As soon as the enemy's trenches are entered, the O.C. Assault Party will send back a runner to report to O.C. Raid. O.C. Raid will send back the word "entered" by telephone and lamp to O.C. Attack. As soon as the parties have returned to the Assembly Point after the raid, the O.C. Raid will send "returned" by telephone and lamp to O.C. Attack.

page 98

Right Bombing Party will follow the Assault Party and, on reaching the wire, will move up on their right in single file and enter the trench. Half the party, with senior N.C.O., will at once move along the trench to C.29.a.4.1½, killing any enemy met with. On their point being reached they will block the trench, and prevent anyone giving assistance to portion of trench raided. The remainder of the party will work up the trench from point of entry to the blocking party, clearing dug-outs and taking prisoners. Not more than 3 prisoners to be taken.

Left Bombing Party will follow Assault Party and, on reaching the wire, will move up on their left, in single file, and enter the trench. Lt. Castle, 1 N.C.O., 2 bayonet men, and 6 bombers will move along trench, killing any enemy met with, to C.29.a.5.4. (ditch), where they will block the communication trench just South of the ditch, and also the main fire-trench. The remainder of the party will act in a similar manner to the remainder of the right bombing party.

Intelligence Men will move in rear of Assault Party in the trench and search enemy dead and dug-outs, and will remove and bring back pay-books, identity discs, shoulder-straps, letters, pocket-books, specimen of flares, revolvers, gas helmets, etc. They will pay particular attention to the construction and design of trenches and dug-outs.

Messengers. One each with O.C. Assault Party, Right and Left Bombing Parties, and 2 to remain with O.C. Raid. The messenger with O.C. Assault Party will carry with him a luminous tape, which he will pay out from a point 30 yards in front of enemy's wire up to enemy's parapet and into trench.

Left Flank Party will move out from our trenches in rear of Right Bombing Party to the Assembly Point C.29. a.3.4½., and will take up a position at junction of road and stream. They will be prepared to deal with any enemy who move out North of the raiding area.

Right Flank Party will move out in rear of stretcher-bearers from our trenches, keeping to the North side of Pont Ballot—Brune Rue Road to junction of that road with the "Four Daisies" Road, where they will take up a position to deal with any enemy who move out South of the raiding area.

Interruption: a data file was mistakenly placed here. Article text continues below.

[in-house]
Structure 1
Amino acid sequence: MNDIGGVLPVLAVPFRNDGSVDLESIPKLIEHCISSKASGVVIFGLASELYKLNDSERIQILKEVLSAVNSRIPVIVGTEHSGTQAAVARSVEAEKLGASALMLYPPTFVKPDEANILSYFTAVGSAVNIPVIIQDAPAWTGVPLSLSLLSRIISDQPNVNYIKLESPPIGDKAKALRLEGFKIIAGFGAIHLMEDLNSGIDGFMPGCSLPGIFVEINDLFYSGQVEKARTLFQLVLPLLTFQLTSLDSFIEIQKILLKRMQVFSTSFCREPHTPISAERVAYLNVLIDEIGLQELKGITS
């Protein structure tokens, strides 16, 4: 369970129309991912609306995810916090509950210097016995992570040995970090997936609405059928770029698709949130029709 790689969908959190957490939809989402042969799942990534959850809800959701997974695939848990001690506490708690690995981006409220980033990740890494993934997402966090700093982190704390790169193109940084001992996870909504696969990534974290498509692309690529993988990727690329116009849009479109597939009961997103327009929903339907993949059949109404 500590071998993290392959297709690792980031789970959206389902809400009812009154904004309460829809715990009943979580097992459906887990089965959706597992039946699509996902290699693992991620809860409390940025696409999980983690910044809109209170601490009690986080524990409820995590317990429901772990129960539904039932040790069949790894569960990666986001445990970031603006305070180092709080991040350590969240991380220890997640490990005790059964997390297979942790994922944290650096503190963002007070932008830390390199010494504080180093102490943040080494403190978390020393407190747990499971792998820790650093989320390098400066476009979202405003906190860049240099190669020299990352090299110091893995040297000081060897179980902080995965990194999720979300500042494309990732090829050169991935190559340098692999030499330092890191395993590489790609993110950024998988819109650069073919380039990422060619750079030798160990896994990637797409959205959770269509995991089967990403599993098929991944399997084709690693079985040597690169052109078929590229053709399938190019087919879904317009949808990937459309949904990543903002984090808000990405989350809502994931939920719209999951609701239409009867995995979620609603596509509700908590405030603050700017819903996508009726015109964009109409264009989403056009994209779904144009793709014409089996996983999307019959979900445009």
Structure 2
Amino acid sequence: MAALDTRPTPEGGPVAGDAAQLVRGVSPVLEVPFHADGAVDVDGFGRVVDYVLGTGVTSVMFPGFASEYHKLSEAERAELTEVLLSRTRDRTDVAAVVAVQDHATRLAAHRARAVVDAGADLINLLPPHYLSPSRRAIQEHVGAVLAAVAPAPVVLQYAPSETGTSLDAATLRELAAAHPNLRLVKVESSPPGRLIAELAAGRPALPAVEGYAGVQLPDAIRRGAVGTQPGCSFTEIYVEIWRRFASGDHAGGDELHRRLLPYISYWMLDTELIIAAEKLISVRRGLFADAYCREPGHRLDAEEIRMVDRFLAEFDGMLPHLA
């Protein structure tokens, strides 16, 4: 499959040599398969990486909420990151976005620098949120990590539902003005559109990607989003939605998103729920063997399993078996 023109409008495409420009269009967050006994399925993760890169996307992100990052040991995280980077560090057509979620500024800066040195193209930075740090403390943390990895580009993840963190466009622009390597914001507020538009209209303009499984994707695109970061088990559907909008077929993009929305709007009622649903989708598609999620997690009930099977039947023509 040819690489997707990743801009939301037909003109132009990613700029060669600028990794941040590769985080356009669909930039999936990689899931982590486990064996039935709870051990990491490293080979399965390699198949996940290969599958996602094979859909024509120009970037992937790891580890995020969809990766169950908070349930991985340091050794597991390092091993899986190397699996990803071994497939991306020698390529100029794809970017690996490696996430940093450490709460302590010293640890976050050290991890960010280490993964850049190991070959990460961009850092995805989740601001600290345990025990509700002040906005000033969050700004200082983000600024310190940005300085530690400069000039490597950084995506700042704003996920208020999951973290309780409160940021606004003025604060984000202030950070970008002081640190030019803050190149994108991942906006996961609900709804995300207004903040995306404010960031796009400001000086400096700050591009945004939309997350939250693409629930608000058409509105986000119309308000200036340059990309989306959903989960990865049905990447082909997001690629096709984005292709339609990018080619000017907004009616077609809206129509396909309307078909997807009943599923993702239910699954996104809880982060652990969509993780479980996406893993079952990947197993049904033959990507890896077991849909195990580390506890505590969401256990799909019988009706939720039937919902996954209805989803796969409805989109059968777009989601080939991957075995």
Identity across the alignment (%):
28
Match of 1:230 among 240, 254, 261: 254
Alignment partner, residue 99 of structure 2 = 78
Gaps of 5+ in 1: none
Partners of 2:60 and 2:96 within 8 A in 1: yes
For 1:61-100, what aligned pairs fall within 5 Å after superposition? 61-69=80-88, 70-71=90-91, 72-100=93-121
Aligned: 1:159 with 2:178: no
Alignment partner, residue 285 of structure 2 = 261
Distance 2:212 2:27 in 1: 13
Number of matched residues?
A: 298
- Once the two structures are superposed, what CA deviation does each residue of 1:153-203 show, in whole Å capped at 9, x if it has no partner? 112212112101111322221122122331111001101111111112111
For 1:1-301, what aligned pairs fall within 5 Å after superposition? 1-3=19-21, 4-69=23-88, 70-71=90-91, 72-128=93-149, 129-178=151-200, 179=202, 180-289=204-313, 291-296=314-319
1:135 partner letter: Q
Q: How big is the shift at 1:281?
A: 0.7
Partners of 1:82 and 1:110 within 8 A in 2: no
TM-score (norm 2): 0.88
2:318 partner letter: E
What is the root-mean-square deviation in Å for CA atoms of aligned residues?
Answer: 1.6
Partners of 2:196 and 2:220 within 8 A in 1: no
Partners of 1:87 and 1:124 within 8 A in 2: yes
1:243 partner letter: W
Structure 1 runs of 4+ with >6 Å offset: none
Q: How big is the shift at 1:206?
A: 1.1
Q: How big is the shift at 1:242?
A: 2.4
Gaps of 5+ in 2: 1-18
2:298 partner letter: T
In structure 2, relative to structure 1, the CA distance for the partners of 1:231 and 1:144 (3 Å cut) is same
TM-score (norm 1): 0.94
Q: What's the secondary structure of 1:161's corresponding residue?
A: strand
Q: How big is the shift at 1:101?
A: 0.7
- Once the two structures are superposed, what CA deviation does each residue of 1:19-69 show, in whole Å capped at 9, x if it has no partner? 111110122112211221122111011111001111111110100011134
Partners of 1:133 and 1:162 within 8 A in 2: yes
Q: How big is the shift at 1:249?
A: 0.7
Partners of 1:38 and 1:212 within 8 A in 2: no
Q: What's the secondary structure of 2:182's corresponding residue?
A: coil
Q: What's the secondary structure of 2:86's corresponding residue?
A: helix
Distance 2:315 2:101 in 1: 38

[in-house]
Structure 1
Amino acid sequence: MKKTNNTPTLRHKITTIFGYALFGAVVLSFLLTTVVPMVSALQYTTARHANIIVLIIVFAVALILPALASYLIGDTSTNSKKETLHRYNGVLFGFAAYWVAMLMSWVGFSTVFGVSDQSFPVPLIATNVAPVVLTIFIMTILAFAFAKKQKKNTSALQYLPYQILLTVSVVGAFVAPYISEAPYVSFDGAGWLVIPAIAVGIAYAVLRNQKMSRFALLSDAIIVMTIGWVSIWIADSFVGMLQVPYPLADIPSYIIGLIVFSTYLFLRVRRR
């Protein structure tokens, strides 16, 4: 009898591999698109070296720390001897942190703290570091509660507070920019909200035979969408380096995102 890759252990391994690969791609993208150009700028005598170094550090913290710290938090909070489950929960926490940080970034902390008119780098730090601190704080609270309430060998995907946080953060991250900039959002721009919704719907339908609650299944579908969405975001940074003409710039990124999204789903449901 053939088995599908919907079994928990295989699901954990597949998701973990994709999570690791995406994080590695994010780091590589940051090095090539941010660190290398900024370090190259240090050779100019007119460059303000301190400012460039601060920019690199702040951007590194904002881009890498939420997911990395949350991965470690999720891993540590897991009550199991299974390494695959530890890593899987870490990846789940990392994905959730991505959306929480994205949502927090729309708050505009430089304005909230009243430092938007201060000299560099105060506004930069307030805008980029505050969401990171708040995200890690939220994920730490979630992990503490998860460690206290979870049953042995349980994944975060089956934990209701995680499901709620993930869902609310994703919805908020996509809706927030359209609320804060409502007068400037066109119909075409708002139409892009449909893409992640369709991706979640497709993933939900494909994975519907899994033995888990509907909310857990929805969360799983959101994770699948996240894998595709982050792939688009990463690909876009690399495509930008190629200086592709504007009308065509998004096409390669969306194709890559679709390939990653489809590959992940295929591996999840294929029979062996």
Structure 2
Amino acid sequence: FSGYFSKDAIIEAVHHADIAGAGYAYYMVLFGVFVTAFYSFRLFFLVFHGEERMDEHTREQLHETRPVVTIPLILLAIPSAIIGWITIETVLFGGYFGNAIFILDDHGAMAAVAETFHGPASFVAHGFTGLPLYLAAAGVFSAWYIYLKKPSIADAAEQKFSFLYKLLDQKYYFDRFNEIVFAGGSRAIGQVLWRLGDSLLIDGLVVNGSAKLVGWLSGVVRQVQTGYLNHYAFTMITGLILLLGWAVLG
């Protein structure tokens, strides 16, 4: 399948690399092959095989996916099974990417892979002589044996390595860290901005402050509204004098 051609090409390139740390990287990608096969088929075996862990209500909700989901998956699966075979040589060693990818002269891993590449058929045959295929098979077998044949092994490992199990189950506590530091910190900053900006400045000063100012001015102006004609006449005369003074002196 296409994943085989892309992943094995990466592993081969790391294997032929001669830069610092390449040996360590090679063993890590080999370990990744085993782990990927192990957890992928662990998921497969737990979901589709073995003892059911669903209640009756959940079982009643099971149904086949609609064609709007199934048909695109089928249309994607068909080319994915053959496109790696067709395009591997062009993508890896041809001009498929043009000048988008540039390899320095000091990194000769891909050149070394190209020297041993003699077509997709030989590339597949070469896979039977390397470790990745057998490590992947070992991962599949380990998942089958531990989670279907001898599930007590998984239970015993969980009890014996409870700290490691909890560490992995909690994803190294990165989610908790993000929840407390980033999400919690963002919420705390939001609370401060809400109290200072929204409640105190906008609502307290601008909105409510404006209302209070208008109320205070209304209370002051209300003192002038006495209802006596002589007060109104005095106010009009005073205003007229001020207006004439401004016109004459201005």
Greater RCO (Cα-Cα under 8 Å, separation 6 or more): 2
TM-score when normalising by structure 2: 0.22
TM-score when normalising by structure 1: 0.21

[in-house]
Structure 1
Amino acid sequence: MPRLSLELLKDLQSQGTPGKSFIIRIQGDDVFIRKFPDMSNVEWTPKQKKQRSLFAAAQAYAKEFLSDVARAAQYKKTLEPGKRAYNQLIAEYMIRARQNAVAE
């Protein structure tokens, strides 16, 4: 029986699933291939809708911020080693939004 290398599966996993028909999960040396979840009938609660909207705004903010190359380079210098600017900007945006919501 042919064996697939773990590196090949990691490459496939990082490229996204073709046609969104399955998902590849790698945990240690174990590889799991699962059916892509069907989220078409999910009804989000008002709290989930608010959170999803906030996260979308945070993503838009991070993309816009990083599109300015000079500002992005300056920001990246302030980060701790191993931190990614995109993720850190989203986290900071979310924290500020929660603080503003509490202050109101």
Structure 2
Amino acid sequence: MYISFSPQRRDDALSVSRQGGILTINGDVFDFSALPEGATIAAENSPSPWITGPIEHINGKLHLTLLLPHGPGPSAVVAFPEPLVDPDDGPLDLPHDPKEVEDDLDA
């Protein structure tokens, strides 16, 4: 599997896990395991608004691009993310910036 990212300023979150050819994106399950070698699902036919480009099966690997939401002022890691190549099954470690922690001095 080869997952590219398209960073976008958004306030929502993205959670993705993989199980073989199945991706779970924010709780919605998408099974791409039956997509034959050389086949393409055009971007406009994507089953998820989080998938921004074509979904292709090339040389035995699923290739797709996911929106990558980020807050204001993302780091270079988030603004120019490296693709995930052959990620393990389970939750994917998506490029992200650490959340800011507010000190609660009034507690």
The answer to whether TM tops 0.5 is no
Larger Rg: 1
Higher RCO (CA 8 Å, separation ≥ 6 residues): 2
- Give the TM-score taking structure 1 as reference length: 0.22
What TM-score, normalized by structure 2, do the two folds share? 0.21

Signallers will move out in rear of Left Flank Party and lay out two lines along stream bank to Assembly Point. They will take with them three telephone sets and two electric signal lamps.

page 99

Parties will move out from our trenches at C.29.a.½.¾. in the following order:—

  • Patrol.
  • Left Bombing Party.
  • Assault Party.
  • Intelligence Party.
  • Right Bombing Party.
  • Left Flank Party.
  • O.C. Raid and Signallers.
  • Stretcher-bearers.
  • Right Flank Party.
7.O. C. Raid will remain at Assembly Point C.29.a.3.4½. with signallers, 2 messengers and stretcher-bearers.
8.O.C. Attack, Lt.-Col. A. E. Stewart. 2nd Bn., will be at………with signallers and messengers. With him will be the Divisional Trench Mortar Officer (Capt. White) and Artillery Liaison Officer.
9.Dress. All ranks will wear general service uniform with boots and puttees. Steel helmets will be worn. Faces and hands will be blackened. Every man will have a piece of white material 3 inches broad on each arm. These will be covered with a piece of dark cloth, which will be removed on entering the hostile trenches. Gas helmets will be carried by all ranks.
10.The Raiding Party will assemble at.…p.m. at the head of Fiji Avenue at junction of "stop" in Locality 6a. Six spare men will also parade. O.C. Attack will carefully inspect all ranks to see that they are carrying nothing likely to be of value to the enemy.

Action. Parties will move out to the Assembly Point from C.29.a.½.¼. at the following times:—

  • 0 (Zero)*—Patrol.
  • 0.15—The remainder of the Raiding Party in the order given in Para. 6. They will collect at the Assembly Point and there remain.
  • 0.45—The artillery will open fire on the portion of the trench to he raided, and also on the flanks and supporting trenches in rear. At the same time the Trench Mortar Batteries will cut the wire as nearly as possible at C.29.a.4½.3.
  • 1.00—The barrage will he lifted and concentrated on enemy's flank and support trenches. The raiding

    * Zero hour was 10.30 p.m. The remaining times are given in horns and minutes after zero.

    page 100party, preceded by the patrol, will advance to within 30 yards of the enemy's wire, in 3 columns in single file from right to left: Right Bombing Party, Assault Party, Left Bombing Party. They will then carry on as in Para. 5.

No One is on any account to move forward from the Assembly Point until 1.00.